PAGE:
James Weldon Johnson- Black Mammy

Beautiful poem on why care-takers deserve to become permanent residents in Canada (Filipina, Caribbean). Fill in the arguments. By James Weldon Johnson, African-American poet.

THE BLACK MAMMY

O whitened head entwined in turban gay,
O kind black face, O crude, but tender hand,
O foster-mother in whose arms there lay
The race whose sons are masters of the land!
It was thine arms that sheltered in their fold,
It was thine eyes that followed through the length
Of infant days these sons. In times of old
It was thy breast that nourished them to strength.

So often hast thou to thy bosom pressed
The golden head, the face and brow of snow;
So often has it ‘gainst thy broad, dark breast
Lain, set off like a quickened cameo.
Thou simple soul, as cuddling down that babe
With thy sweet croon, so plaintive and so wild,
Came ne’er the thought to thee, swift like a stab,
That it some day might crush thine own black child?

from Fifty Years & Other Poems (1917)

 

MY CITY- J.W. Johnson

When I come down to sleep death’s endless night,
The threshold of the unknown dark to cross,
What to me then will be the keenest loss,
When this bright world blurs on my fading sight?
Will it be that no more I shall see the trees
Or smell the flowers or hear the singing birds
Or watch the flashing streams or patient herds?
No, I am sure it will be none of these.

But, ah! Manhattan’s sights and sounds, her smells,
Her crowds, her throbbing force, the thrill that comes
From being of her a part, her subtle spells,
Her shining towers, her avenues, her slums–
O God! the stark, unutterable pity,
To be dead, and never again behold my city!

Black History: The World is Your Body. “Teaching My Mother to Give Birth” by Warsan Shire

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London’s first young poet laureate!!!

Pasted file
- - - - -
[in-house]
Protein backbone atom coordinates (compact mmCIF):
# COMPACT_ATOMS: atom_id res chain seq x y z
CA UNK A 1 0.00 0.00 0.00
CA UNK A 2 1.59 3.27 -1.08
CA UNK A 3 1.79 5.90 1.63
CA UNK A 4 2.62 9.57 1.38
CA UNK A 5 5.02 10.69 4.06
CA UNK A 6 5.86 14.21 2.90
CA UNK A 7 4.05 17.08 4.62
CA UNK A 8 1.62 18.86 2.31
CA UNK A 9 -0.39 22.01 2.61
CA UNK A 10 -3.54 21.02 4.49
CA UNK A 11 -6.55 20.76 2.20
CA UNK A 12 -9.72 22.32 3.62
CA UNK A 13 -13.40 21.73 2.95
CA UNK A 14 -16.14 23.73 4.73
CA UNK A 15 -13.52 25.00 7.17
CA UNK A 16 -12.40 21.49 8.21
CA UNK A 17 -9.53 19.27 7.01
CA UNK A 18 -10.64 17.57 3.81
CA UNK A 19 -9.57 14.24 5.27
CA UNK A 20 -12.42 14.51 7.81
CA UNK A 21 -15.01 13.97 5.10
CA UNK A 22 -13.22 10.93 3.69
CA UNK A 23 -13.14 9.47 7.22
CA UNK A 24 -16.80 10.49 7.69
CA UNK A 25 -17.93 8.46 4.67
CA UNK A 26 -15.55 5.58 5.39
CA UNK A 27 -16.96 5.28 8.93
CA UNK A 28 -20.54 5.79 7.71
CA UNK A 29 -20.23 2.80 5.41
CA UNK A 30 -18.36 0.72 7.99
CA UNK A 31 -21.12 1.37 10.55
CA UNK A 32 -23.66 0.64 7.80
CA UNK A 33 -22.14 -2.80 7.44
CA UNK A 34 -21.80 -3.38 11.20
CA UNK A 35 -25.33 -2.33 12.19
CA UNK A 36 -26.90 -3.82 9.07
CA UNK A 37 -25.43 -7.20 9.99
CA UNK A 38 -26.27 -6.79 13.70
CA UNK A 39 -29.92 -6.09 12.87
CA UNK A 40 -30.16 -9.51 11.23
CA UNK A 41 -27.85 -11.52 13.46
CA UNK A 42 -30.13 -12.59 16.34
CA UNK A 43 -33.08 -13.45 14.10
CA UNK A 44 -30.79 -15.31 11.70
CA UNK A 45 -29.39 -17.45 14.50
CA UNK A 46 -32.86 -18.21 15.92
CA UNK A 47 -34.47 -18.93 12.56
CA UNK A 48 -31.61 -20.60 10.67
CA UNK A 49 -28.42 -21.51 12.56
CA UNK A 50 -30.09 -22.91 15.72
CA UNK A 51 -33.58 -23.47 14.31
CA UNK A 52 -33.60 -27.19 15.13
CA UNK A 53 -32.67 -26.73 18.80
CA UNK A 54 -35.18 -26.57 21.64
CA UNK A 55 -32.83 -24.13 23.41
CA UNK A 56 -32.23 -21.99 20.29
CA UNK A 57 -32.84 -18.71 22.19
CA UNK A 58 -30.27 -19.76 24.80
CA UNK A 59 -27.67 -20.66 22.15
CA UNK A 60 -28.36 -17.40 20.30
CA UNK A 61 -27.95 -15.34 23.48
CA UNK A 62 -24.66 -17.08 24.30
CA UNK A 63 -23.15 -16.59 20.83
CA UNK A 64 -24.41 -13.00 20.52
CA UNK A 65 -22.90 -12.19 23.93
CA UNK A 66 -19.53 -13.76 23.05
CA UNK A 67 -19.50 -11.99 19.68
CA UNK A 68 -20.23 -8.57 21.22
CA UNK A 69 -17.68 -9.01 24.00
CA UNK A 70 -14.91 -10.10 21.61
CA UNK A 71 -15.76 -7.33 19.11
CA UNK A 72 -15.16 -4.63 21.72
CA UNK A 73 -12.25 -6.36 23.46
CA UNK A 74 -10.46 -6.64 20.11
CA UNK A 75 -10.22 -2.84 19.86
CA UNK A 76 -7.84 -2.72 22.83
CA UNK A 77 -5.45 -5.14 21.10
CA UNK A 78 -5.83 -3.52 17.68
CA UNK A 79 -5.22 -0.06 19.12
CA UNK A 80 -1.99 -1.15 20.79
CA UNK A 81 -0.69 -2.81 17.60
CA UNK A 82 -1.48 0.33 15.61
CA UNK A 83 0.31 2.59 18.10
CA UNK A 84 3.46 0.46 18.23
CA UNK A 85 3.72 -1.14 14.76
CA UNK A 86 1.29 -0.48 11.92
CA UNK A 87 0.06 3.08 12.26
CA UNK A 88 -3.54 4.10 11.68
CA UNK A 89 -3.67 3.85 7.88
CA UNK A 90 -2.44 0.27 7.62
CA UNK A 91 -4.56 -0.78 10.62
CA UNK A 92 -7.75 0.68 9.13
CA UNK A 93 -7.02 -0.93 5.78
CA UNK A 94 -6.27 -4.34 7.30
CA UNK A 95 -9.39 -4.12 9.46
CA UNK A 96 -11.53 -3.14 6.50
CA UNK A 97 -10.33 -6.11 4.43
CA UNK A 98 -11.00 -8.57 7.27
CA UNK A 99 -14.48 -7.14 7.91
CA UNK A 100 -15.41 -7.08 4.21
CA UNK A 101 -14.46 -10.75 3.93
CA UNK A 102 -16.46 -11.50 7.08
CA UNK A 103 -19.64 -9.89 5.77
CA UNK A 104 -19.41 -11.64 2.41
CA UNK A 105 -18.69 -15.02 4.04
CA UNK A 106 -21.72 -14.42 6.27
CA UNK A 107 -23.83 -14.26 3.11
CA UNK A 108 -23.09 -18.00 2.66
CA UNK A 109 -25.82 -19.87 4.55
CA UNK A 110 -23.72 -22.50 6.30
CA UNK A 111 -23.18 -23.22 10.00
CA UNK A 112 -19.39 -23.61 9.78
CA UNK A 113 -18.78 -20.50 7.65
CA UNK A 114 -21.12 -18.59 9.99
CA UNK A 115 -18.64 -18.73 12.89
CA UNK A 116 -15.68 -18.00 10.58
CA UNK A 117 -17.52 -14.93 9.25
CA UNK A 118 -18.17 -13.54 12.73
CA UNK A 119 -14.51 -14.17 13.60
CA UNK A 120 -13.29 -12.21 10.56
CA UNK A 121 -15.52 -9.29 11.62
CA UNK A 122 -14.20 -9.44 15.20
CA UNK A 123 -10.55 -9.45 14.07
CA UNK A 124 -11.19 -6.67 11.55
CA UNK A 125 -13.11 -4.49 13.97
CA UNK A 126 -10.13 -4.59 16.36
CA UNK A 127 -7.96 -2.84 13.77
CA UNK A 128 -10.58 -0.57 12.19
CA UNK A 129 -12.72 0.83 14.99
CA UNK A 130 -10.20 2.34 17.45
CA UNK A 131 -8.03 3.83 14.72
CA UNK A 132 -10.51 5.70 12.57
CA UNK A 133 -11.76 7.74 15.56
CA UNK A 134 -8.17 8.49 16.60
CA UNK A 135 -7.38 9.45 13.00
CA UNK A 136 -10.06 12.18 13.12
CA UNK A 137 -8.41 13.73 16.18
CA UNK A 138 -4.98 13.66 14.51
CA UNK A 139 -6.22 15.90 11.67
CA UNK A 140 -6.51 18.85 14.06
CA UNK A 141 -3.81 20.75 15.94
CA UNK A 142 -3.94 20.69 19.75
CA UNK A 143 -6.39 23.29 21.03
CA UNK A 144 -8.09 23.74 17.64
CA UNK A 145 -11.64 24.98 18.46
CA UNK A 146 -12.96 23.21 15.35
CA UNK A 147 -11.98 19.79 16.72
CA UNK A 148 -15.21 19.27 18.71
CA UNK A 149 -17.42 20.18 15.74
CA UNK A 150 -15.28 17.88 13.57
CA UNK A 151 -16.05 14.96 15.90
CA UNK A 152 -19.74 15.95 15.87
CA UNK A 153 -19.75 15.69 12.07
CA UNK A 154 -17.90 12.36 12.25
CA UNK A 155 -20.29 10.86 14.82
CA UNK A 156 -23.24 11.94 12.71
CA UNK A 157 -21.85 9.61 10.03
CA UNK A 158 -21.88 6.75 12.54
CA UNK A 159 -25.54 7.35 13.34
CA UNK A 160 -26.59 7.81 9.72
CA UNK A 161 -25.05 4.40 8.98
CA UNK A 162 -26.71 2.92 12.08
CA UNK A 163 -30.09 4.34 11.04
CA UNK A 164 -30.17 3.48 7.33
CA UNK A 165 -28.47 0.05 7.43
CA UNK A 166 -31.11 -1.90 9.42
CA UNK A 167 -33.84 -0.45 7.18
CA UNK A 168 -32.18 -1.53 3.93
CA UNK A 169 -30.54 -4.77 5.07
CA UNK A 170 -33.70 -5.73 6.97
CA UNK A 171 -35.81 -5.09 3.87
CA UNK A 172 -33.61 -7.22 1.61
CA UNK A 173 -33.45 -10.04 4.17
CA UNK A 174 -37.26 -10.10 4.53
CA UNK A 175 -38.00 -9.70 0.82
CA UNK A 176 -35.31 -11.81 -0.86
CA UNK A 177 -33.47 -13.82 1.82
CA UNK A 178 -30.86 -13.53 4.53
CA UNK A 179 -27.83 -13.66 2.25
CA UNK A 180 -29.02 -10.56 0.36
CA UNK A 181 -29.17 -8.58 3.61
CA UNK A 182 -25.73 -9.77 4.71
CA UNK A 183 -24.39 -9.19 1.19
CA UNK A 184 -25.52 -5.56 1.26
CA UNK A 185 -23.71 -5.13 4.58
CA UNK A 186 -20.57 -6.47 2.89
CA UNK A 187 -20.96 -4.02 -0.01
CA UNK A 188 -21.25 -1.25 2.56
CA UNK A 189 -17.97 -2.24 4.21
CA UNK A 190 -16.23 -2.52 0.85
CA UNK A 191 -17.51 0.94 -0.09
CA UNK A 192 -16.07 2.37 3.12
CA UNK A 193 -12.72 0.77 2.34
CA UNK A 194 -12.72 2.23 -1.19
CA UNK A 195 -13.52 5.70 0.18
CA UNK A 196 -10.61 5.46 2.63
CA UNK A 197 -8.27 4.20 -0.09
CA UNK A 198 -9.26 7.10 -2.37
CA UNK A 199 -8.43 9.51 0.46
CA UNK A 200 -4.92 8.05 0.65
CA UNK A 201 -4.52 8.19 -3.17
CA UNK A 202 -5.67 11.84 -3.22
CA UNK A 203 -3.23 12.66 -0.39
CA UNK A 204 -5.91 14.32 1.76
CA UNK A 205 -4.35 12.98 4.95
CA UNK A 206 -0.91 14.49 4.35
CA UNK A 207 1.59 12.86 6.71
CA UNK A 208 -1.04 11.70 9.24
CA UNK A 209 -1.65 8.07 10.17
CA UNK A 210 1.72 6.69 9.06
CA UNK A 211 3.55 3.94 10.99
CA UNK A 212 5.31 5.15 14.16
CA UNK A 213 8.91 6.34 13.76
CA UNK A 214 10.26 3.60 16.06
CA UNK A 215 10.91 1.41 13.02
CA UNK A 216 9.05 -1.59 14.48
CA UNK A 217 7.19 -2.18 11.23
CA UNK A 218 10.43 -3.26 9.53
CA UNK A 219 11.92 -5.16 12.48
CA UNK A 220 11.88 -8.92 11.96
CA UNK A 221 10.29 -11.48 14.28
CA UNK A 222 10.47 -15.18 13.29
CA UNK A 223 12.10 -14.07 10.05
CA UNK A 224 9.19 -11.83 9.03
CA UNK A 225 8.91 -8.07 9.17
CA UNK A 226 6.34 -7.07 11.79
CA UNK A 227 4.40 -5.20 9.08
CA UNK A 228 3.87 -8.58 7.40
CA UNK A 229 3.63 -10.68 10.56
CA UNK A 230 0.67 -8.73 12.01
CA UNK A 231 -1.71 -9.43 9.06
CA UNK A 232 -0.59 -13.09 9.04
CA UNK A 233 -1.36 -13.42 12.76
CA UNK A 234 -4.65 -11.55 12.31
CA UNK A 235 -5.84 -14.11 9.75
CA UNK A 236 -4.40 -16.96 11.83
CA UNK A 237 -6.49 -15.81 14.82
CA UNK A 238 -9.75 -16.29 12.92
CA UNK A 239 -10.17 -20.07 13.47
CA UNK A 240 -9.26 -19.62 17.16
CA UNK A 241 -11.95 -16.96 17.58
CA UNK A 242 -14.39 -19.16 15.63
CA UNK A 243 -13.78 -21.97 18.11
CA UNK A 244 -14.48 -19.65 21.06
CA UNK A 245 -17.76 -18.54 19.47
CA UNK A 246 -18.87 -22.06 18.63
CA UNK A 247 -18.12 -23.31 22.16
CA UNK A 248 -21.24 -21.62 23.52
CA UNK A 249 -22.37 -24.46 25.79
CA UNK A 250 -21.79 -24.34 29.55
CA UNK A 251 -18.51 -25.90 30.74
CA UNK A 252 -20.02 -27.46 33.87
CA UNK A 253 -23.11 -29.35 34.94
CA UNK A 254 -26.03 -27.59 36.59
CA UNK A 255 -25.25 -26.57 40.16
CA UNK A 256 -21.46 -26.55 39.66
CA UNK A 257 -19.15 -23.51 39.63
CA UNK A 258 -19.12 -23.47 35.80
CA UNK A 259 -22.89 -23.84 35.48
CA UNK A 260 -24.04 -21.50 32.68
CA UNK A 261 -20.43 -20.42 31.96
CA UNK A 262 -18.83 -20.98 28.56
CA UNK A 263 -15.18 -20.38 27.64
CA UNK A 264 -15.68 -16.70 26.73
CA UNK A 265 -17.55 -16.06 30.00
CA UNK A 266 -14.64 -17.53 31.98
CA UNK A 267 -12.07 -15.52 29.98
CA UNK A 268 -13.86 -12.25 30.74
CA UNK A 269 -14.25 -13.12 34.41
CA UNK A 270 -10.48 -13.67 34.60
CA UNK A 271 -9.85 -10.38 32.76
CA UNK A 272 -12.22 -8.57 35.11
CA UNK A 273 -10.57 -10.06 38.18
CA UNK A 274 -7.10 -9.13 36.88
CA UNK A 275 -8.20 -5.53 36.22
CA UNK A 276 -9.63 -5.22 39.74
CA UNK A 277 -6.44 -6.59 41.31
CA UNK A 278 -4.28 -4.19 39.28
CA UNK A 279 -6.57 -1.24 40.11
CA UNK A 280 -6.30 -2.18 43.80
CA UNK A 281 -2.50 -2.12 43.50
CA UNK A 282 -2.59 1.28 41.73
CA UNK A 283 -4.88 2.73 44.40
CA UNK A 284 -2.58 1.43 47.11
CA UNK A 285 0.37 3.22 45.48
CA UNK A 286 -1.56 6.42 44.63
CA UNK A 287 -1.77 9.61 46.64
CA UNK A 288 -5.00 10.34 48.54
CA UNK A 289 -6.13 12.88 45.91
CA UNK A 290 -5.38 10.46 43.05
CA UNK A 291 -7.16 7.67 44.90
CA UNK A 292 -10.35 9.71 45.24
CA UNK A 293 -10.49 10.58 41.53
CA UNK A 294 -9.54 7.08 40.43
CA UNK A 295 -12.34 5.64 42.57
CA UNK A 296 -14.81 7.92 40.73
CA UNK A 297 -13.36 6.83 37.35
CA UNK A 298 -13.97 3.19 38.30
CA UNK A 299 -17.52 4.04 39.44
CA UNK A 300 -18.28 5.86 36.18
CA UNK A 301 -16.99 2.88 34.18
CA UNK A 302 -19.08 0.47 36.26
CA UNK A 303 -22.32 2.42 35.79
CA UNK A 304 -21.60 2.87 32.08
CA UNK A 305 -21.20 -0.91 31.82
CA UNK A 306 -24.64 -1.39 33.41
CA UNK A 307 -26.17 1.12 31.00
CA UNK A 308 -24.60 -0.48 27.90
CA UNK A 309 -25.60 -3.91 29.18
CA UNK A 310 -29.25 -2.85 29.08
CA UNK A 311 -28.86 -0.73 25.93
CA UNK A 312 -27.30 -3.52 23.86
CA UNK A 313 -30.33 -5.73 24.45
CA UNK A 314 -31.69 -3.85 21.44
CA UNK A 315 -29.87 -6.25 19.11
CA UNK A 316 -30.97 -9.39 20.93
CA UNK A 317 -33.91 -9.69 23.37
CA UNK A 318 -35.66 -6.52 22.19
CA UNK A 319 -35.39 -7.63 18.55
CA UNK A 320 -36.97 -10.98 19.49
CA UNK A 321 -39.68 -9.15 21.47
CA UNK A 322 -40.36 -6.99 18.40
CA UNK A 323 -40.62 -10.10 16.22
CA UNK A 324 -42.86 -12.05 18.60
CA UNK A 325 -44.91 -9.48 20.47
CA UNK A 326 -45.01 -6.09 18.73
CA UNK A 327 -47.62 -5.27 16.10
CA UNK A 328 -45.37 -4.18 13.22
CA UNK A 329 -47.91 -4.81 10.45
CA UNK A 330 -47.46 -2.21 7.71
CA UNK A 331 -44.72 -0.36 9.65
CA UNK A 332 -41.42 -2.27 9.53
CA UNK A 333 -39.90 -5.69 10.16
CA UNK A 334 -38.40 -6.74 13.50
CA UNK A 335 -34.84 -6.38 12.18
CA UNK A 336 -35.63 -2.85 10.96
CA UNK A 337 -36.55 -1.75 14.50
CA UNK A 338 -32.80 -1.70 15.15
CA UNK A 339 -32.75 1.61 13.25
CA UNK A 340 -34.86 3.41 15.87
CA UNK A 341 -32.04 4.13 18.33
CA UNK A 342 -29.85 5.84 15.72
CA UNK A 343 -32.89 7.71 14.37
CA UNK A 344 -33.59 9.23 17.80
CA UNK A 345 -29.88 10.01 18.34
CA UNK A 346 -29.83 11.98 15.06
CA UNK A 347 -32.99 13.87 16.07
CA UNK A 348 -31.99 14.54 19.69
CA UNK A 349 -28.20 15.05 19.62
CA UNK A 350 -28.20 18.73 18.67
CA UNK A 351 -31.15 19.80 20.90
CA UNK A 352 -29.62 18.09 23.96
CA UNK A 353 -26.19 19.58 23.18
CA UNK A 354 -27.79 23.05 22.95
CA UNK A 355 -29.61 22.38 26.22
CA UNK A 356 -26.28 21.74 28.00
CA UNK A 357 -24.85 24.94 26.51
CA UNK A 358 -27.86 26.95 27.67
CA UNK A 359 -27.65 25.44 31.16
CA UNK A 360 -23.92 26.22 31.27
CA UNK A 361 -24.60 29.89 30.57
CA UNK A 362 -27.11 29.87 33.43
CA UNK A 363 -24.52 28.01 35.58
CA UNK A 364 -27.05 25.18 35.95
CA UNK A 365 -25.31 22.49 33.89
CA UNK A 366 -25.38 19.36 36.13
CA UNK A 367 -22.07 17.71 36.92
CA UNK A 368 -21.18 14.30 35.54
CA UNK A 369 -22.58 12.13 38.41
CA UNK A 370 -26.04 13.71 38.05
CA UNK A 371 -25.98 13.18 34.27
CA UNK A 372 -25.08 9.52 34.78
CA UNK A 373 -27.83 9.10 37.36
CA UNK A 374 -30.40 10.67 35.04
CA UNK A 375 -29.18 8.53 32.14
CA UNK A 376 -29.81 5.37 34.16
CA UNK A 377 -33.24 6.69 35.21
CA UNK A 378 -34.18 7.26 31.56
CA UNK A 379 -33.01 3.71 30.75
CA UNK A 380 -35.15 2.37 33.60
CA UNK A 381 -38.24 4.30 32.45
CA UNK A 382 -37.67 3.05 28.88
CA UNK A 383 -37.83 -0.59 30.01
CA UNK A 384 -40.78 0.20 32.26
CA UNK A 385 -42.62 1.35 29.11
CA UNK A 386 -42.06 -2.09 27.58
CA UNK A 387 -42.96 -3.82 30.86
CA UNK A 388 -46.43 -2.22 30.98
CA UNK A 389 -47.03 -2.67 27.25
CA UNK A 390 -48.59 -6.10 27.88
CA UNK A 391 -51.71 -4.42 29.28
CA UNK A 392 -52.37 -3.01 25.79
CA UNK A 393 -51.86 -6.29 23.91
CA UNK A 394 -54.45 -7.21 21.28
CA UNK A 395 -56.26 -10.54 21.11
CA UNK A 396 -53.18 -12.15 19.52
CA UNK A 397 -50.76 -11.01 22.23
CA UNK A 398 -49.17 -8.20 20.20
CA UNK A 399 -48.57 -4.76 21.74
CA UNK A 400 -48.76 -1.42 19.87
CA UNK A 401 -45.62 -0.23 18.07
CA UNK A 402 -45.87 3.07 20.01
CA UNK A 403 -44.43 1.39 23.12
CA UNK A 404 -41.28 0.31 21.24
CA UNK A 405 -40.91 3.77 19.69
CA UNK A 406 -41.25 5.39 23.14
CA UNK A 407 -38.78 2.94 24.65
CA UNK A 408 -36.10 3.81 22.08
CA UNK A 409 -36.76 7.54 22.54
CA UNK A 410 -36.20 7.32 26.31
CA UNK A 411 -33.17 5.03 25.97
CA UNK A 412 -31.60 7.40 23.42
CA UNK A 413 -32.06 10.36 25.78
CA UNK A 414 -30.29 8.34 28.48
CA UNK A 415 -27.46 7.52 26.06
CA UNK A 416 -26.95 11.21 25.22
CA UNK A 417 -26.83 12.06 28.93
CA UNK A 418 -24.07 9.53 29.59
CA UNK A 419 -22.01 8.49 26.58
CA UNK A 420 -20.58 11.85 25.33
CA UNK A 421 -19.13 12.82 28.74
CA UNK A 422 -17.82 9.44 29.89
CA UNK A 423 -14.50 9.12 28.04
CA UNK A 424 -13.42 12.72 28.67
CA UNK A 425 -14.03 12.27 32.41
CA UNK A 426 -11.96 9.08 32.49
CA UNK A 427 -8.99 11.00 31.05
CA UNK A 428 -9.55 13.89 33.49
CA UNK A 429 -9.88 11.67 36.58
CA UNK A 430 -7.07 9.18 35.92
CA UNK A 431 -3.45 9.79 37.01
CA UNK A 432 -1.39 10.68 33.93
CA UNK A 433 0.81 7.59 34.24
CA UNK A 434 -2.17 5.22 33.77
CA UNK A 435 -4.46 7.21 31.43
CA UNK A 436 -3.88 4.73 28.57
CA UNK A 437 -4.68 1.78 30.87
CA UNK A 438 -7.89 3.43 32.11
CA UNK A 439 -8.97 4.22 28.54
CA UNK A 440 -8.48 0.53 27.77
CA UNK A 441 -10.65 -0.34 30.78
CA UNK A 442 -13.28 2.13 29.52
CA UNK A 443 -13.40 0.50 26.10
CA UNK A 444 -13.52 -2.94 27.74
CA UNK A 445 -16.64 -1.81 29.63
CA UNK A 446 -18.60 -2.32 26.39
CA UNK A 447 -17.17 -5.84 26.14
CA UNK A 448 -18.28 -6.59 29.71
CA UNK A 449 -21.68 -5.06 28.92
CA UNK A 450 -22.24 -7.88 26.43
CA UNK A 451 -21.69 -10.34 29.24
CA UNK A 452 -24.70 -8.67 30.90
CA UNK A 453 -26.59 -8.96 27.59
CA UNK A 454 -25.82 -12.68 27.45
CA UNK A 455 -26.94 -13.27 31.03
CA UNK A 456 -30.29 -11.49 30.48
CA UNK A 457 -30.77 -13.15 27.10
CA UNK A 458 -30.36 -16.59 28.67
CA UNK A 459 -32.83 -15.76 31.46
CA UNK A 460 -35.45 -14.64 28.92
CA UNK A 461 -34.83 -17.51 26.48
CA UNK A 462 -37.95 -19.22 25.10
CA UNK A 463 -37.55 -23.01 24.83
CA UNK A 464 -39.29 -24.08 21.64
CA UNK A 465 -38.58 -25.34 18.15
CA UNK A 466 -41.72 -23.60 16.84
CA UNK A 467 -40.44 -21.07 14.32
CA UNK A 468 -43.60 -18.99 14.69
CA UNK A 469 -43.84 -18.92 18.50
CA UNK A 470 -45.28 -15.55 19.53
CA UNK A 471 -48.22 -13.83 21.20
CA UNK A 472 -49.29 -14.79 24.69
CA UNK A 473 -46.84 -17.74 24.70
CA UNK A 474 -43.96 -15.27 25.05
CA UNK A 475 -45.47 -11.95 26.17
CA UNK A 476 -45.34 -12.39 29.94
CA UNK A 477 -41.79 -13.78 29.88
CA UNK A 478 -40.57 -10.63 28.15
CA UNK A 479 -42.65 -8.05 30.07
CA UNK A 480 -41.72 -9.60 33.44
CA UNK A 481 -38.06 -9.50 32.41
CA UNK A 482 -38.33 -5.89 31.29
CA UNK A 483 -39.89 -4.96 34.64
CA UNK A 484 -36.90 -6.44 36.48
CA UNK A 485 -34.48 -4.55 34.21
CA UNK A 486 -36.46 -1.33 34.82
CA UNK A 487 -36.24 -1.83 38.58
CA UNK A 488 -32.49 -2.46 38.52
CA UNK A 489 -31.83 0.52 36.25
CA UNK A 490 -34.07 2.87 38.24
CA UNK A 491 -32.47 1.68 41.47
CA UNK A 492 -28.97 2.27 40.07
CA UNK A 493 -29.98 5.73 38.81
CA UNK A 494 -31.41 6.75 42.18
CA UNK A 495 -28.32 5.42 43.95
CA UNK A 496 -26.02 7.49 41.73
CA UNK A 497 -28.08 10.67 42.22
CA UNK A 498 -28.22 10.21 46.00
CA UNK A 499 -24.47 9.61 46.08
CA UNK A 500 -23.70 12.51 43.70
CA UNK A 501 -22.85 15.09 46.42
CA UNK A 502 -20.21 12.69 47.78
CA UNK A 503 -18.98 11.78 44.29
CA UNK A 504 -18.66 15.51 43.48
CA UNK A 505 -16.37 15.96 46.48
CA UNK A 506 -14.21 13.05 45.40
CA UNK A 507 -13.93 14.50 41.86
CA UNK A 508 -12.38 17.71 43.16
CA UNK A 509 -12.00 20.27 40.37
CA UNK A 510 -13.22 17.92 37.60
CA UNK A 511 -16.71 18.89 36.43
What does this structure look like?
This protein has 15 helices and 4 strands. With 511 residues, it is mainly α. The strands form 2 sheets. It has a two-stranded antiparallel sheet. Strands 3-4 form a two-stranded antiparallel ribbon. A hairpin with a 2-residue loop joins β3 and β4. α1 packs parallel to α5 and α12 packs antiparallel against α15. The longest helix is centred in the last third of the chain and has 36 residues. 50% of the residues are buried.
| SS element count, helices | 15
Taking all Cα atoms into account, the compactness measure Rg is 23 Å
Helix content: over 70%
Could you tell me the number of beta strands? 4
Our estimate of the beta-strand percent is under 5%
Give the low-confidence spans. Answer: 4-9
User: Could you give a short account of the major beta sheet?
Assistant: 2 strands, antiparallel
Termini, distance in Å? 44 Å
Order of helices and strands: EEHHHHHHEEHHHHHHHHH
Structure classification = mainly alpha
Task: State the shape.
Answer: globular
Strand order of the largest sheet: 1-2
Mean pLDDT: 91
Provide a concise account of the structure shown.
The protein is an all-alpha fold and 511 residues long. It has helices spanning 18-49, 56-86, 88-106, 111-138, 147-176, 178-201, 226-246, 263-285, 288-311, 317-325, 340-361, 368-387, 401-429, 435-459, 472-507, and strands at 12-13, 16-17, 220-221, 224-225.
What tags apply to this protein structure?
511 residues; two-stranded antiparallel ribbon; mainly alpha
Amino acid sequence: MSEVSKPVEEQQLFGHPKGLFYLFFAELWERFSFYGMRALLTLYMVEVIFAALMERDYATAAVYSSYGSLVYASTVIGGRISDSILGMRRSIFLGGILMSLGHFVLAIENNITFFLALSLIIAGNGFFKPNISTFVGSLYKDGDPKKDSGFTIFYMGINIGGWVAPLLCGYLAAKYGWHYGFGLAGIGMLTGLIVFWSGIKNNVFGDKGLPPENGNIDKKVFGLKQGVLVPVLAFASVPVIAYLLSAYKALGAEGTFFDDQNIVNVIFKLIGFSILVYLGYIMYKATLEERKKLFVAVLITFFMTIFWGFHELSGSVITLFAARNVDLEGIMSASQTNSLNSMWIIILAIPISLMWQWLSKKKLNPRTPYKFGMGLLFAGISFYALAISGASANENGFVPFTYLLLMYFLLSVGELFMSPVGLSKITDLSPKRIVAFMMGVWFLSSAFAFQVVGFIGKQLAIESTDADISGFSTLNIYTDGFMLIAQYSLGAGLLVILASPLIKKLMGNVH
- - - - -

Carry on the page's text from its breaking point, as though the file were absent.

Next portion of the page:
Teaching My Mother to Give Birth by Warsan Shire:

“later that night
i held an atlas in my lap
ran my fingers across the whole world
and whispered
where does it hurt?”

it answered
everywhere
everywhere
everywhere.”
― Warsan Shire

USED: http://www.abebooks.com/servlet/BookDetailsPL?bi=11212527987
NEW: http://www.indiebound.org/book/9781905233298

How Things Work. Gary Soto.

Aside

The welfare state… this is such a beautiful idea. The welfare of us all, fare thee well, and if forever, still forever fare thee well. The mother explains how we keep each other rolling by buying bread, a softball, coffee and rosin from our neighbour; an act that means the other is able to buy something they need. No trickle down nonsense where rich folk hoard their hundreds of thousands, millions and steal from the working people through wages that are far lower than the work is worth. Wage theft. In this poem without preaching Soto shows how people keep the neighbourhood alive and kicking, how people set up their local economy and how varied their buying is: softball, book, broom, movie ticket and crayons. And chicken. Hmmm, chicken.

How Things Work

BY GARY SOTO

Today it’s going to cost us twenty dollars
To live. Five for a softball. Four for a book,
A handful of ones for coffee and two sweet rolls,
Bus fare, rosin for your mother’s violin.
We’re completing our task. The tip I left
For the waitress filters down
Like rain, wetting the new roots of a child
Perhaps, a belligerent cat that won’t let go
Of a balled sock until there’s chicken to eat.
As far as I can tell, daughter, it works like this:
You buy bread from a grocery, a bag of apples
From a fruit stand, and what coins
Are passed on helps others buy pencils, glue,
Tickets to a movie in which laughter
Is thrown into their faces.
If we buy a goldfish, someone tries on a hat.
If we buy crayons, someone walks home with a broom.
A tip, a small purchase here and there,
And things just keep going. I guess.